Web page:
Thousands Protest In Algeria Capital, Break Police Barricade

Channels Television  
Updated July 5, 2019
Algerians carry a protester on a stretcher during a weekly demonstration coinciding with the Algerian independence day in the capital Algiers on July 5, 2019. 


Thousands of people protested for a twentieth consecutive week in Algeria’s capital on Friday, defying a major police presence and after the interim president renewed a plea for dialogue.

“Go, liberate Algeria!”, protesters chanted, waving the national flag, as they kept up the pressure for regime insiders to step aside, more than three months after forcing longtime ruler Abdelaziz Bouteflika into resigning.

Amid shouts of “Long live Algeria! Our claims are legitimate!” hundreds of the protesters successfully forced their way through a police cordon and headed for the esplanade of the main post office, a symbol of the protest movement.

Other chants glorified the martyrs of Algeria’s war of independence, on what is the country’s 57th anniversary of liberation from French rule.

Around a dozen protesters were arrested, witnesses said.

Ranks of police officers wearing helmets and equipped with shields had tried to block the protesters and confine them to the pavement around 10 metres (yards) from the Esplanade, while dozens of police vans were stationed near the post office.

The latest mobilisation comes two days after interim president Abdelkader Bensalah called for a national dialogue, in which he promised the state and army would remain neutral.

His mandate is theoretically due to expire on Tuesday and he warned on Wednesday against the risk of the country falling into a constitutional vacuum.

“Wherever you are, we are – we will not stop!” the protesters shouted, referring to the government.

‘No Dialogue’

They also chanted slogans against any elections organised by a “mafia gang”.

An already delayed presidential election was postponed again early last month from the planned date of July 4, after only two potential runners — both little known — submitted their candidacies.

The regime “is in the process of reformulating the same propositions — their only objective is to keep the current system in place,” said Linda Hamrouche, a 28-year-old protester.

“Therefore (we say) no dialogue in these conditions,” she added.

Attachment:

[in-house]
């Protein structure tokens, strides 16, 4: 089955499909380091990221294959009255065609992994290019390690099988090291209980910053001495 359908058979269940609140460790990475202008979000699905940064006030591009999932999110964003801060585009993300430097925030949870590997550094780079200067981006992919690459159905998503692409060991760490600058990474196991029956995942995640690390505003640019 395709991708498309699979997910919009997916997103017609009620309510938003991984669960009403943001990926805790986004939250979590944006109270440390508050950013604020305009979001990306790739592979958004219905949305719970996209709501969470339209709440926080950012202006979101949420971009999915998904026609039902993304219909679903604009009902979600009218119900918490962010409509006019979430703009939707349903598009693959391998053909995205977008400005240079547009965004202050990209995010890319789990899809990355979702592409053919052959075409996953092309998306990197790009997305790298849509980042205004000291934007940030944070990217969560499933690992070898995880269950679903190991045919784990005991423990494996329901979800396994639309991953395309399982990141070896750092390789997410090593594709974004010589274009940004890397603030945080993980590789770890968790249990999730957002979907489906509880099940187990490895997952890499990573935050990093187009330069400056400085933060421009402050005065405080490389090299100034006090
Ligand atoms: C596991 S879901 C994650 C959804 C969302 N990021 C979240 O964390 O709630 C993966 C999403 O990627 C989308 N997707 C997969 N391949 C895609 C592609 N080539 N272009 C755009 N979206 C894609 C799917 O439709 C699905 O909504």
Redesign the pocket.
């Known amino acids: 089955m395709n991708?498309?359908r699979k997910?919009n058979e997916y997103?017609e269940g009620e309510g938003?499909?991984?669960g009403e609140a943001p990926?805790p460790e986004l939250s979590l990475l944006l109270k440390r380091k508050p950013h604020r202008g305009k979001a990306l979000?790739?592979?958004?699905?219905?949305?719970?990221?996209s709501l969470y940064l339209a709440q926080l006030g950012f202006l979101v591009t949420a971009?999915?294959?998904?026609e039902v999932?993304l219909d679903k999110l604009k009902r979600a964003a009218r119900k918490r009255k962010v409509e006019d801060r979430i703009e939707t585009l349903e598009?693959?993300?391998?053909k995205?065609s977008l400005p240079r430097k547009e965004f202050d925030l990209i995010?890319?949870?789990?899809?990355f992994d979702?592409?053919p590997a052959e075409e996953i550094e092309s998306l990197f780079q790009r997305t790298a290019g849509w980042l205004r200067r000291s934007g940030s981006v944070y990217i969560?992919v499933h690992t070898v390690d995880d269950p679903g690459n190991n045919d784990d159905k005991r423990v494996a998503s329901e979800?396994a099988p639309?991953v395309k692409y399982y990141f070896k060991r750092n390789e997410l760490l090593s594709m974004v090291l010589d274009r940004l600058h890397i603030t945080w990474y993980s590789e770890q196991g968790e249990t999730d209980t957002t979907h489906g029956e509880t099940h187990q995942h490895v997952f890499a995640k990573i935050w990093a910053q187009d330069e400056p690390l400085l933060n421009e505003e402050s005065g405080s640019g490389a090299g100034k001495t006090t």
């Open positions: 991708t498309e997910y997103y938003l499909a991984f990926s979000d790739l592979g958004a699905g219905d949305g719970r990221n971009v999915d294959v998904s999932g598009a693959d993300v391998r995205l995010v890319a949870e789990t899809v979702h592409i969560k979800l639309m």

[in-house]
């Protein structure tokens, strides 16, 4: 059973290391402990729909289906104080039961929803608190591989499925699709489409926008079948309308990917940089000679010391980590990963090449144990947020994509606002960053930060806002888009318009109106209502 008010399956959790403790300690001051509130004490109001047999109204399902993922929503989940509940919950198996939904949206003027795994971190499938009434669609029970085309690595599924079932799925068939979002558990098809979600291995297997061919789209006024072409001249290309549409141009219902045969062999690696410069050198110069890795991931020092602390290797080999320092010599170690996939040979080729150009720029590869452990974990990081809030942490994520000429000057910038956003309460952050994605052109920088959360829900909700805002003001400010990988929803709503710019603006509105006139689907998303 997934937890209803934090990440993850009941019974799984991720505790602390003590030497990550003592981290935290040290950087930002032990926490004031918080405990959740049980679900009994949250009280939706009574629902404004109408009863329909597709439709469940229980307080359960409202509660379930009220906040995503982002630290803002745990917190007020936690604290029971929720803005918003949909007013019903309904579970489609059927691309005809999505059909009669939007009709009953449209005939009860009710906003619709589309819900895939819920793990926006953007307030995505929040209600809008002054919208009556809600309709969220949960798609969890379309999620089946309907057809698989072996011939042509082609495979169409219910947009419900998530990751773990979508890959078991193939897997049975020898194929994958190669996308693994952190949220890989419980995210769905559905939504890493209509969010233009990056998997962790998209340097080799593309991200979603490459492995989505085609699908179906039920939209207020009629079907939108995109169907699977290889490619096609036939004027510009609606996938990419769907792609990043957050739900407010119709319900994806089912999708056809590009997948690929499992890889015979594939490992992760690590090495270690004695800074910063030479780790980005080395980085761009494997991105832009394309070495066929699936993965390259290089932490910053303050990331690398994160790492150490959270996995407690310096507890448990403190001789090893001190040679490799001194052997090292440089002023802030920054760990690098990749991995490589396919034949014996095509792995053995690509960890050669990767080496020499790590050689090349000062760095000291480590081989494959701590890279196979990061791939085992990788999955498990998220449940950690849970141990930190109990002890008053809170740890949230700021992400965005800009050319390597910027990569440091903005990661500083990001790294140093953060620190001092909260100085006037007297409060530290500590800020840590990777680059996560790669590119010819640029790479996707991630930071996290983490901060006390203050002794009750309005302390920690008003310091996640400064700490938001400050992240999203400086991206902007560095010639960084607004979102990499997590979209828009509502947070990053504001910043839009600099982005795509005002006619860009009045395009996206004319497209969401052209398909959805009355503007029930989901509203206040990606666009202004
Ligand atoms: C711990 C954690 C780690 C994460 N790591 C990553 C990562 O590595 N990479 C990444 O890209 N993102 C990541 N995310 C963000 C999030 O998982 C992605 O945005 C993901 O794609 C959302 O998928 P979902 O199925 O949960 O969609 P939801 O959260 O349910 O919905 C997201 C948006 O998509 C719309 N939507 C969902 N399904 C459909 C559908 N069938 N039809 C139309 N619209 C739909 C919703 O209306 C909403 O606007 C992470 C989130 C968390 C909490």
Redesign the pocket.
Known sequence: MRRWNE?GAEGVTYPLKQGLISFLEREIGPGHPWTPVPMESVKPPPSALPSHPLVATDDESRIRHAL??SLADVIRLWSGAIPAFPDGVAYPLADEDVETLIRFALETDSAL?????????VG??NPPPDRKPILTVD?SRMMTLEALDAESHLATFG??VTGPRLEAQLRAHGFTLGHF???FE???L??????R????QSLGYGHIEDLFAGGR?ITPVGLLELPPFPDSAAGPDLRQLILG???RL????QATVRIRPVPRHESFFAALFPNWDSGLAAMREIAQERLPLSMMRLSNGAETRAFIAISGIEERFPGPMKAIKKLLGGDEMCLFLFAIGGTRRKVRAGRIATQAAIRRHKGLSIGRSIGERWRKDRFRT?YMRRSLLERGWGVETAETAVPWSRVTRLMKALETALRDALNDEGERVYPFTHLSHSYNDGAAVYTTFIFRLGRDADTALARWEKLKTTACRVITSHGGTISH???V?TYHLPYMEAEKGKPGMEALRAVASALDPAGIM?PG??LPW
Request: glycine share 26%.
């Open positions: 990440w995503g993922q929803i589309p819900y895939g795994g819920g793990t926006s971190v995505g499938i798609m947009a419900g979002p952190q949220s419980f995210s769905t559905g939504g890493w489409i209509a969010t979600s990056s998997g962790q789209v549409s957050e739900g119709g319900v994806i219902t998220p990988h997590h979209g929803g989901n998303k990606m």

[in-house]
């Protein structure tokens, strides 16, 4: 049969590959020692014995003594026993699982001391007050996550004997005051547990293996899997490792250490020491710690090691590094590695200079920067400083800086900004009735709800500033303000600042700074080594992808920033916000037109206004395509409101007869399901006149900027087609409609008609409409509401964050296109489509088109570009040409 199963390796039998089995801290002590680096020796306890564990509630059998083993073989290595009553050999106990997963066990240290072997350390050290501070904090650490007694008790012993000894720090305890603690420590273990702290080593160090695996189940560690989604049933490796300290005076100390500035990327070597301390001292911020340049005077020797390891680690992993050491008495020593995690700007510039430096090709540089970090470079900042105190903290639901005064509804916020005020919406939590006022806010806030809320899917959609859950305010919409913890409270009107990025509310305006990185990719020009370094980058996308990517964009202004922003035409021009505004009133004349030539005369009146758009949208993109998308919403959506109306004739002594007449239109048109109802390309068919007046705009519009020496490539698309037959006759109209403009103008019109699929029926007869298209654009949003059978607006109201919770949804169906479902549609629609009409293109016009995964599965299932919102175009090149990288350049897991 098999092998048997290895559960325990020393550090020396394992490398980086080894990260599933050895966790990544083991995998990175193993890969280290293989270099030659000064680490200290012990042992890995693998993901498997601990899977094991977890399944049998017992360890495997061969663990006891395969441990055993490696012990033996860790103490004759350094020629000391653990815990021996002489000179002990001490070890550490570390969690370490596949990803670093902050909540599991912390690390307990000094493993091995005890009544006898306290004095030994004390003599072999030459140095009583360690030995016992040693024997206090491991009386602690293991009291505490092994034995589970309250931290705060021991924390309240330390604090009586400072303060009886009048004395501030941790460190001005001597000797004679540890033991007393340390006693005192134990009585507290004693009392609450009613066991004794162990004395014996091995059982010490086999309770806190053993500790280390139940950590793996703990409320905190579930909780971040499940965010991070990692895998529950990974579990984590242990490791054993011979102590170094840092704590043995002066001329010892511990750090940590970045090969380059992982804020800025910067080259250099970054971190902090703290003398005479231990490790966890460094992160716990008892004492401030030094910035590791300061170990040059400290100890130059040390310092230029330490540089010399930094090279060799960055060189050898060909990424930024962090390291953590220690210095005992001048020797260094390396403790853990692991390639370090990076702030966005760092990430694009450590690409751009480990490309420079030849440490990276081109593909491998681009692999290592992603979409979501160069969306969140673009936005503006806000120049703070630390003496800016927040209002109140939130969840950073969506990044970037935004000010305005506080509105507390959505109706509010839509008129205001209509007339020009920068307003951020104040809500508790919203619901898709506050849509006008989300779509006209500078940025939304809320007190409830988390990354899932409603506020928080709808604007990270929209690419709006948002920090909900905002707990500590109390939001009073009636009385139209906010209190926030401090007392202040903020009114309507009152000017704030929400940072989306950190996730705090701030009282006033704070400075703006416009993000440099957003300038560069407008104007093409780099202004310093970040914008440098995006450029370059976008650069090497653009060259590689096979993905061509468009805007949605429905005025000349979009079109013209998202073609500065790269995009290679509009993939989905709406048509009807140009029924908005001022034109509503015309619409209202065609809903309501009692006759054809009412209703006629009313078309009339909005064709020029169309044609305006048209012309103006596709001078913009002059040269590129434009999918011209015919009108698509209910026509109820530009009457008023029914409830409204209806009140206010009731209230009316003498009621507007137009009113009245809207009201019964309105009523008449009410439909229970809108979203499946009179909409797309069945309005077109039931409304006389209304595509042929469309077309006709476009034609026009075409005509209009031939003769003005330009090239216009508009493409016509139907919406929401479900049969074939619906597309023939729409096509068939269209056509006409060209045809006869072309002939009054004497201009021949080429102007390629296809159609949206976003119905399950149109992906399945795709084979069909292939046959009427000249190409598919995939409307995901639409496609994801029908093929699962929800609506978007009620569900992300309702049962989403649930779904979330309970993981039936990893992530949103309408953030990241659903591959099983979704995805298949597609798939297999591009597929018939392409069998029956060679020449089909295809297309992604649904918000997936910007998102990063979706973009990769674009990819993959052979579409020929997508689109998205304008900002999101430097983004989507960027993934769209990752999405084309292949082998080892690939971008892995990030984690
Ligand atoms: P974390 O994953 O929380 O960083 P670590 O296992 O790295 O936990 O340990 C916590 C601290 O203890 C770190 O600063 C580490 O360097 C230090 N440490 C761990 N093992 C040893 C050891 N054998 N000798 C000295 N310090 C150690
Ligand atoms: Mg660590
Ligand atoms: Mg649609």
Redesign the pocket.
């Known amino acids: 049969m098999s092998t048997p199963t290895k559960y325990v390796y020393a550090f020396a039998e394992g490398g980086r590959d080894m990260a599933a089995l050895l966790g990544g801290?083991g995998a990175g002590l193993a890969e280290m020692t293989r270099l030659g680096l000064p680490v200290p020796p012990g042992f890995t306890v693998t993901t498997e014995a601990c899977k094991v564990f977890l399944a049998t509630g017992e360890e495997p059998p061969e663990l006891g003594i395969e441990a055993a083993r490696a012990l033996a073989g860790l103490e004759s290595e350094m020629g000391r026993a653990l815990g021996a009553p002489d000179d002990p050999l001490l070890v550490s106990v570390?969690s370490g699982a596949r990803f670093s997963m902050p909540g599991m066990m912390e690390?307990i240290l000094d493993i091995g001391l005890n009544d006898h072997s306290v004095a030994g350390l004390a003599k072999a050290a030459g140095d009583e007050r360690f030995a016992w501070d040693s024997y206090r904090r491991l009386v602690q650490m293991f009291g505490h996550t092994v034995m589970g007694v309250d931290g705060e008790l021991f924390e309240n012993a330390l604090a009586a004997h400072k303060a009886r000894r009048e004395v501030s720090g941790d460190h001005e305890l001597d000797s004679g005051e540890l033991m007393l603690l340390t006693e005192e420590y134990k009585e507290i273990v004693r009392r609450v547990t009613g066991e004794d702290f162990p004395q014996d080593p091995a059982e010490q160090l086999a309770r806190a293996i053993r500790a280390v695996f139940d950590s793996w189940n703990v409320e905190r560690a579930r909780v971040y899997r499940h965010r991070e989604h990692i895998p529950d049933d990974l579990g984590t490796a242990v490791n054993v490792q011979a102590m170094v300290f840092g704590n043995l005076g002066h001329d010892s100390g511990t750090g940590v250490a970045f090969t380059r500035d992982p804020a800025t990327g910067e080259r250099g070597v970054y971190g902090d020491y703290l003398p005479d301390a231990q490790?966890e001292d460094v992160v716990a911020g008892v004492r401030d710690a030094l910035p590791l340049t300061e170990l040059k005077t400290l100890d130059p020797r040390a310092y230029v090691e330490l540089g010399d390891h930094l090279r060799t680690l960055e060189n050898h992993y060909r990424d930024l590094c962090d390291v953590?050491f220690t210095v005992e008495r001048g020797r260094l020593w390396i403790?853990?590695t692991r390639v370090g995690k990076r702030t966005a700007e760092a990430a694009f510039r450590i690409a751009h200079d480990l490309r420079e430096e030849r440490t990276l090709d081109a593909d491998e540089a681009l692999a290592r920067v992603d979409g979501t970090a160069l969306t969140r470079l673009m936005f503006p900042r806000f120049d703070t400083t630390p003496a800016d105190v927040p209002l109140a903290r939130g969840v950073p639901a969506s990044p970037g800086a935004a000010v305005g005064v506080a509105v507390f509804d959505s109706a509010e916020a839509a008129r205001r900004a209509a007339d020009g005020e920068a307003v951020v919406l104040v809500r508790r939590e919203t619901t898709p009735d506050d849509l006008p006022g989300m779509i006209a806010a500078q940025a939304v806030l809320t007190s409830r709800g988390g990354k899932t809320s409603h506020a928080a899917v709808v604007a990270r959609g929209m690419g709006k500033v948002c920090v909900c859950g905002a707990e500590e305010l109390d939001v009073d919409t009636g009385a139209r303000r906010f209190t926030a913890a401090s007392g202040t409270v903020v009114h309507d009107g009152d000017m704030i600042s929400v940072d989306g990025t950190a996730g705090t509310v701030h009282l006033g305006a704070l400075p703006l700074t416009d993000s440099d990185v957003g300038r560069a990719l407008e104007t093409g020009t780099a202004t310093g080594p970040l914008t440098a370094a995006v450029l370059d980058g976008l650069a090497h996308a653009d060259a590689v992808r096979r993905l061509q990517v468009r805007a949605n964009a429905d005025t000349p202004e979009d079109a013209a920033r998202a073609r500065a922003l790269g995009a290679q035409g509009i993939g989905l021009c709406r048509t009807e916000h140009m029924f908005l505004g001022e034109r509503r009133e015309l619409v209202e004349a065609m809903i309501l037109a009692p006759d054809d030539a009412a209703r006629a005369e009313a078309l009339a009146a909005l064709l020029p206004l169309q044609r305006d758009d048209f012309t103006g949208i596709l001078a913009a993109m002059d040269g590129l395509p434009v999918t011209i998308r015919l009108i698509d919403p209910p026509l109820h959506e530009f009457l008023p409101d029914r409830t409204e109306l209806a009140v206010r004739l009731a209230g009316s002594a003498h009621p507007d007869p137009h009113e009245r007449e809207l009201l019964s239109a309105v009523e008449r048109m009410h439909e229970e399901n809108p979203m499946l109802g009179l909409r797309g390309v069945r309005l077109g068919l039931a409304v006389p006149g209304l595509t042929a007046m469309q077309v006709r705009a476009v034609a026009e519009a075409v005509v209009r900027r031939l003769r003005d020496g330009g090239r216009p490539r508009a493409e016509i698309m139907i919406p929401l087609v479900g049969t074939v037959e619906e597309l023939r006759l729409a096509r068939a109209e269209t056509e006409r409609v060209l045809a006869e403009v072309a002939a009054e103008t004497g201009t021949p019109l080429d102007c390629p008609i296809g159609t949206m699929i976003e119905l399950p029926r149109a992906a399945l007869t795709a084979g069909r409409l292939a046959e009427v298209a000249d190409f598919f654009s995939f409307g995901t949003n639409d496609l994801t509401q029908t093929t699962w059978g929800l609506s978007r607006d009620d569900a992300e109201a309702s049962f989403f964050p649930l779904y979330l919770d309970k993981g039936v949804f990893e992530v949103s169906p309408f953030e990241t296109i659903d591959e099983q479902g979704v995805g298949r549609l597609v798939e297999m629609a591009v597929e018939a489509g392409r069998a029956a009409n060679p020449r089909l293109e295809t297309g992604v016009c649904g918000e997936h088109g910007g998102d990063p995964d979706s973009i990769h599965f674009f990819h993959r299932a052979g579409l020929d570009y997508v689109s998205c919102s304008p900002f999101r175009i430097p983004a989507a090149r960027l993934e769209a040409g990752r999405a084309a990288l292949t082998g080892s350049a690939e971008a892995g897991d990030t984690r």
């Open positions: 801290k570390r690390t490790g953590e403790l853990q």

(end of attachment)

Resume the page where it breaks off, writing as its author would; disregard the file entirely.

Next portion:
The first call for dialogue by Bensalah — launched in early June — had been limited to the political classes.

The interim president has said he will remain in place until elections are organised.

According to independent news site TSA, his latest call for dialogue risks being rejected “if the authorities don’t quickly announce concrete appeasement measures”.

Opposition parties, civil society figures, and observers are waiting to see how his proposal will play out because nobody has yet been named to take part in the proposed dialogue.

“I will go out (on the streets) on Friday as I have done for four months — until the election of a legitimate president,” said Ali, a bank worker.

“We have achieved a big goal — Bensalah will not drive the dialogue, he is out, even if he remains in office” nominally, the 47-year-old added.

On Saturday, political parties, civil society representatives and national personalities are due to hold a meeting dubbed the “National Forum for Dialogue”, which is being held outside the orbit of Bensalah’s planned talks.

The initiative “seeks to put in place mechanisms to end the crisis and move, in a reasonable time-frame, towards the organisation” of a presidential election, according to Abdelaziz Rahabi, a former minister who has backed the protests.

Alongside the creation of independent institutions, protesters are demanding that the police stop arresting demonstrators.

Amnesty International on Friday said 41 people have been arrested in recent days for flying the Berber flag during demonstrations, in what it dubbed an “escalating… crackdown on peaceful protesters.”

In a statement, the rights group called “on the Algerian authorities to immediately and unconditionally release the 34 protesters who remain in detention and to respect and protect” the rights to freedom of expression and peaceful assembly.

Algeria’s Berber minority has long suffered marginalisation, and army chief Ahmed Gaid Salah has banned all flags other than the national colours at rallies.

Protesters and many observers view Salah, who has consistently refused their demands, as the key powerbroker in the country, and believe Bensalah wields little real influence.